White storks had all but disappeared from France 50 years ago but today their numbers are increasing, particularly in the west of the country in departments such as Charente-Maritime.
In 1974, there were only 11 stork couples left in France, nine of them in Alsace in the east of the country.
Today, Charente-Maritime has the greatest population of these large migrating birds, with around 636 couples and over 900 babies seen in 2020.
Alsace used to have the most white storks, but today it is the area with the second-largest concentration in France.
Their numbers have swelled in the west of the country as they are able to find an abundance of American crayfish to eat in the various bogs in the area.
These American crayfish are an invasive species that has done great damage to the native crayfish. They live in the marshes in the west of the country, which is an ideal breeding ground for storks.
The climate is also quite mild, so much so that more than a hundred storks now spend the winter in west France.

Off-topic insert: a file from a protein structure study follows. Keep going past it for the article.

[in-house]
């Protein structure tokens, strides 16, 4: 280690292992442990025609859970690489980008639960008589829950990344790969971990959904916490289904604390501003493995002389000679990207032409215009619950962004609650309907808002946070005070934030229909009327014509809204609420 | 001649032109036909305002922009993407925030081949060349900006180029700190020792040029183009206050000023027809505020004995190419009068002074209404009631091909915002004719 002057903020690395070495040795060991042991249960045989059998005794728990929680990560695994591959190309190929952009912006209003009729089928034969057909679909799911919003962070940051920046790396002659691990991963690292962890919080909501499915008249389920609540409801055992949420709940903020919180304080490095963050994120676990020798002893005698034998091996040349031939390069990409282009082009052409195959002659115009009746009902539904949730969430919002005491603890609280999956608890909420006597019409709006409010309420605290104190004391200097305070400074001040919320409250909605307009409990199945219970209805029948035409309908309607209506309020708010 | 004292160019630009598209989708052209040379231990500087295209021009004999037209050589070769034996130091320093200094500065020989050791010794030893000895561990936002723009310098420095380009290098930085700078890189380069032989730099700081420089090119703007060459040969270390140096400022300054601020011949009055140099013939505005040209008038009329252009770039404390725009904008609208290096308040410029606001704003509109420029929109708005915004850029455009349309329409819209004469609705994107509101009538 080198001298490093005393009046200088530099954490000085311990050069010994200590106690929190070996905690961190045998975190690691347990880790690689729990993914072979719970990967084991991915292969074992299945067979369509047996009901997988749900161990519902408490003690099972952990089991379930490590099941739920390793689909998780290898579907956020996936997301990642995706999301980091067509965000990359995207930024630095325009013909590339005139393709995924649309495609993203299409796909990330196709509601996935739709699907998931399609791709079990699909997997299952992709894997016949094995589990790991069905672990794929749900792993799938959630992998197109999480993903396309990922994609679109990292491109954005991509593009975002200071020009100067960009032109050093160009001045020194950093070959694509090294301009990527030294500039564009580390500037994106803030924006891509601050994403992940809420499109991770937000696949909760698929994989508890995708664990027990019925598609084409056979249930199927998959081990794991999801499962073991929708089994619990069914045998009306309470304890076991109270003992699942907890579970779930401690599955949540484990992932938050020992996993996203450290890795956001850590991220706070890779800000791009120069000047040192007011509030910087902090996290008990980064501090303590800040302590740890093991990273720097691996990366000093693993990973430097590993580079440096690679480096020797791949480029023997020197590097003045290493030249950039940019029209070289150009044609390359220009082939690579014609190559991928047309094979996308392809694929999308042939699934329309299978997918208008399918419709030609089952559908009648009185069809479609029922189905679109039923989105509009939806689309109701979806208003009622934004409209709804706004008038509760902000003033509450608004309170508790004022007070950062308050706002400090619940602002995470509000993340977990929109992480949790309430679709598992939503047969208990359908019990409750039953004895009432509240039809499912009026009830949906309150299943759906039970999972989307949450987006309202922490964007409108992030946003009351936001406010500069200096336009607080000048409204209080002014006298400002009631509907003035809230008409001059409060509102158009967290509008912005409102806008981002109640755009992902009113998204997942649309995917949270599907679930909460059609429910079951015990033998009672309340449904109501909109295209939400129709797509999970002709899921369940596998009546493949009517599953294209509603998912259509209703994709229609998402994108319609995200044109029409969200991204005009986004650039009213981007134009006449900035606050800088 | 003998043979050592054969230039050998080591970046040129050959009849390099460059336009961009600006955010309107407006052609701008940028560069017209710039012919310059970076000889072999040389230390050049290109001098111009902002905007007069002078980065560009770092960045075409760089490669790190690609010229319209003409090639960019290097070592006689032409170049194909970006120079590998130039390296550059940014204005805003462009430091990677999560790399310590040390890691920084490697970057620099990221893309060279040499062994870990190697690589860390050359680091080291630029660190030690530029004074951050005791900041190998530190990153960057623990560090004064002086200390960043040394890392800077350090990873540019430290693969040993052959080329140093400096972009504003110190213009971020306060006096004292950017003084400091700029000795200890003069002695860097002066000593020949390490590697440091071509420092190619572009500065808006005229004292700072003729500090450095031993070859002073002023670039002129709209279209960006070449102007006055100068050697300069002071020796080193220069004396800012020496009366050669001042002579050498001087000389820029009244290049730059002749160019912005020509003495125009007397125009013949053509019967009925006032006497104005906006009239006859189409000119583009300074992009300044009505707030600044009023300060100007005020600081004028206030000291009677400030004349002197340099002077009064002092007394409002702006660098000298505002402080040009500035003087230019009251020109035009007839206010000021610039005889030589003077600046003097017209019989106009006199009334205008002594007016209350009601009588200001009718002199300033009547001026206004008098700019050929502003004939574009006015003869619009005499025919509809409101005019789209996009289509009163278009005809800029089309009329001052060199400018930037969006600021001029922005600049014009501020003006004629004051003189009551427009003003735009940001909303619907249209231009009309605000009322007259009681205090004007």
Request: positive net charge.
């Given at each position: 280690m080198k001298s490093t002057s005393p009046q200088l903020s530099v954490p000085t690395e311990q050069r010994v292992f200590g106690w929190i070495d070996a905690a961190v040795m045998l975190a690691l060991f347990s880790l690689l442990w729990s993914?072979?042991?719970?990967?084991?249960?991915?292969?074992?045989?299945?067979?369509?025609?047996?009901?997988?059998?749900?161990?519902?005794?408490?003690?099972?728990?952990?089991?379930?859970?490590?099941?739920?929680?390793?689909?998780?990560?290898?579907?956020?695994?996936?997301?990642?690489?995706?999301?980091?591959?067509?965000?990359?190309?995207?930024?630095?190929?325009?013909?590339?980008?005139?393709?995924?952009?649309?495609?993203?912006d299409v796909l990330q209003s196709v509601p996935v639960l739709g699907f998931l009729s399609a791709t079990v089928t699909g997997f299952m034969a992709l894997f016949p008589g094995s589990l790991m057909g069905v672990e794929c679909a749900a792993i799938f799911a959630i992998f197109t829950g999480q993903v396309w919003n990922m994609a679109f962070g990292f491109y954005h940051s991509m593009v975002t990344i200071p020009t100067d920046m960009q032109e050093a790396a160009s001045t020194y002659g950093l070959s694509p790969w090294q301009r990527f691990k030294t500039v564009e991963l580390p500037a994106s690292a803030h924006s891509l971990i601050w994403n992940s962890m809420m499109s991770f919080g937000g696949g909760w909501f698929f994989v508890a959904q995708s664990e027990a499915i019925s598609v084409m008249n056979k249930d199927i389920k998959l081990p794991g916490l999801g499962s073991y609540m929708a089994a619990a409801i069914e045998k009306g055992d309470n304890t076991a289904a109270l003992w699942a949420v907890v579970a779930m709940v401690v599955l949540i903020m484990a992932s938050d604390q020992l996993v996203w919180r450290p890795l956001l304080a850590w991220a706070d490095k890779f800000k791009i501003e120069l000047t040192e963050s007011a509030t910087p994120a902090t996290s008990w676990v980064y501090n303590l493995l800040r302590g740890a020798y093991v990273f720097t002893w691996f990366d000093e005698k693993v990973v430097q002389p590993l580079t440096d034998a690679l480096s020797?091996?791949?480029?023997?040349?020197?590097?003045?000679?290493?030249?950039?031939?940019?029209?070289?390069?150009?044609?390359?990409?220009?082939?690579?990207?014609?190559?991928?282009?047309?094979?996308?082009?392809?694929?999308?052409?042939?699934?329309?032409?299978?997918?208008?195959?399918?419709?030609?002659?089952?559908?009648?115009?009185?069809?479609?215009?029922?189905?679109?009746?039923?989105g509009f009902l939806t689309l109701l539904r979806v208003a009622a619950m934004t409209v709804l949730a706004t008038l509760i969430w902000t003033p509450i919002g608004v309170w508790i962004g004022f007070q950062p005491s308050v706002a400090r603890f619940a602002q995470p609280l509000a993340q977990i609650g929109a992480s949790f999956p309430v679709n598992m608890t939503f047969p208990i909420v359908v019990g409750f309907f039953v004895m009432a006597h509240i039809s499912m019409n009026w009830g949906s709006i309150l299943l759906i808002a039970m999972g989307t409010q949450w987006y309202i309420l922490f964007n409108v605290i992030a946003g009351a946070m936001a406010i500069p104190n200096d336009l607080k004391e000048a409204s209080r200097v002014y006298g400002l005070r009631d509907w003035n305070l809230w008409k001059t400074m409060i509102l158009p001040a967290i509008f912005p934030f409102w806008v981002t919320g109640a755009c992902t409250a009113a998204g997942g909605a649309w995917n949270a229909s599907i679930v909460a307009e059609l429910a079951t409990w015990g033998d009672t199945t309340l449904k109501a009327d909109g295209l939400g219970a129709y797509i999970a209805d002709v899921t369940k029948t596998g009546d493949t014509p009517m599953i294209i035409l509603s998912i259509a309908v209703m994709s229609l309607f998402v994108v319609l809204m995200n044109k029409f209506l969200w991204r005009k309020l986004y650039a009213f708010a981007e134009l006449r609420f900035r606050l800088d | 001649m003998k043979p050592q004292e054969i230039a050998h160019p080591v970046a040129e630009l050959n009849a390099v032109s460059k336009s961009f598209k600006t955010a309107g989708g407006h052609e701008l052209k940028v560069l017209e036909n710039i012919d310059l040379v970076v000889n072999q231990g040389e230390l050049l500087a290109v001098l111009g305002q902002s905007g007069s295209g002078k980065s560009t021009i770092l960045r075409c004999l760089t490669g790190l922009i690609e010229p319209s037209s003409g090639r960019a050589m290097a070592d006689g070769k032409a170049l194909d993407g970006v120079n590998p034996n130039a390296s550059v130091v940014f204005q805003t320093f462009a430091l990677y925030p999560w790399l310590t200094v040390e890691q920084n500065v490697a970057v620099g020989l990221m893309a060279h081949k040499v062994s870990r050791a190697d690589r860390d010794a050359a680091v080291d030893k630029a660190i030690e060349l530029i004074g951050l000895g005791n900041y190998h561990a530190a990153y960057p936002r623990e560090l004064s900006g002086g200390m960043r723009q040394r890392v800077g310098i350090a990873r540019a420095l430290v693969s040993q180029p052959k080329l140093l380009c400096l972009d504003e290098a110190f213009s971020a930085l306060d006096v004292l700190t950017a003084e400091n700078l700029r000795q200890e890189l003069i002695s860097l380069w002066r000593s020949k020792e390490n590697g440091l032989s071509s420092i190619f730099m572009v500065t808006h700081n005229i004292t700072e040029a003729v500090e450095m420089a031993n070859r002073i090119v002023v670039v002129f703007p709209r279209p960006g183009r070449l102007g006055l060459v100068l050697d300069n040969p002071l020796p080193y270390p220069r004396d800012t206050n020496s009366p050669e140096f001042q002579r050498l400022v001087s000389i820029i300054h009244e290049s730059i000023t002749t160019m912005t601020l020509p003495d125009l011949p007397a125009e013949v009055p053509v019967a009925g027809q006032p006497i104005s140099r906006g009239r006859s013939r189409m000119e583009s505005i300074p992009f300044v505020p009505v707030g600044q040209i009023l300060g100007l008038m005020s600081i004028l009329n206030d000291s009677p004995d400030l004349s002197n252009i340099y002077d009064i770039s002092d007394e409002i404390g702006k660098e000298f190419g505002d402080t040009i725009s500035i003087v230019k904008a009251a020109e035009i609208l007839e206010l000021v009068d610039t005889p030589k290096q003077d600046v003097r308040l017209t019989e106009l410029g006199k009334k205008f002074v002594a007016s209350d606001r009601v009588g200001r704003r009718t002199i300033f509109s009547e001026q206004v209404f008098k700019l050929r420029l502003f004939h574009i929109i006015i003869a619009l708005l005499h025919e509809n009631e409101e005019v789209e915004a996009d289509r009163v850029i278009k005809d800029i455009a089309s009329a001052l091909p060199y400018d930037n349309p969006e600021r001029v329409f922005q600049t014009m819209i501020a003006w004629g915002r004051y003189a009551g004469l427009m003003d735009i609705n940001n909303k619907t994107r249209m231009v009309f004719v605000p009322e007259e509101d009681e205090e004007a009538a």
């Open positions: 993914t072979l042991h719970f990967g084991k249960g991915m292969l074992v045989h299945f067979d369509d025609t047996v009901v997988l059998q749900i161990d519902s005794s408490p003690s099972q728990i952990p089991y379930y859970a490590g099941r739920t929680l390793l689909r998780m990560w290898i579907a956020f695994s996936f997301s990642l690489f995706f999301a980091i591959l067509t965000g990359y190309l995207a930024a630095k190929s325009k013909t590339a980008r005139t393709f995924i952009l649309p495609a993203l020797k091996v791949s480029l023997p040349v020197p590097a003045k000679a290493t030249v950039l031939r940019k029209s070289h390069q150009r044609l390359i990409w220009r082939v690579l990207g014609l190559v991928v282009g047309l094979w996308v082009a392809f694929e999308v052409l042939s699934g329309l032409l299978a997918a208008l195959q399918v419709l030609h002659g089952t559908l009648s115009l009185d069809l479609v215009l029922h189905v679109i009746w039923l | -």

White storks are migrating birds and will usually spend six months living in France before setting off for warmer climates for the other half of the year.
They are protected in France, and it is illegal to kill them.
There are believed to be around 2,500 to 2,800 white stork couples in France.
There are now so many coming to the west of France that they have started to set up nests in other areas, such as the Marais Poitevin marshland, which stretches across three departments: Vendée, Deux-Sèvres and Charente-Maritime.
White storks have been known to build their nests near urban areas, on trees or rooftops.
However, more frequently now they are choosing to set up home in the western marshlands, using trees or electricity pylons to build their nests on.
And their nests can be enormous. The average weight is around 400kg. The heaviest one discovered in France was in Alsace and weighed over one tonne.
The birds have a wingspan of over two metres. Mates stay together for life and can have several babies at a time.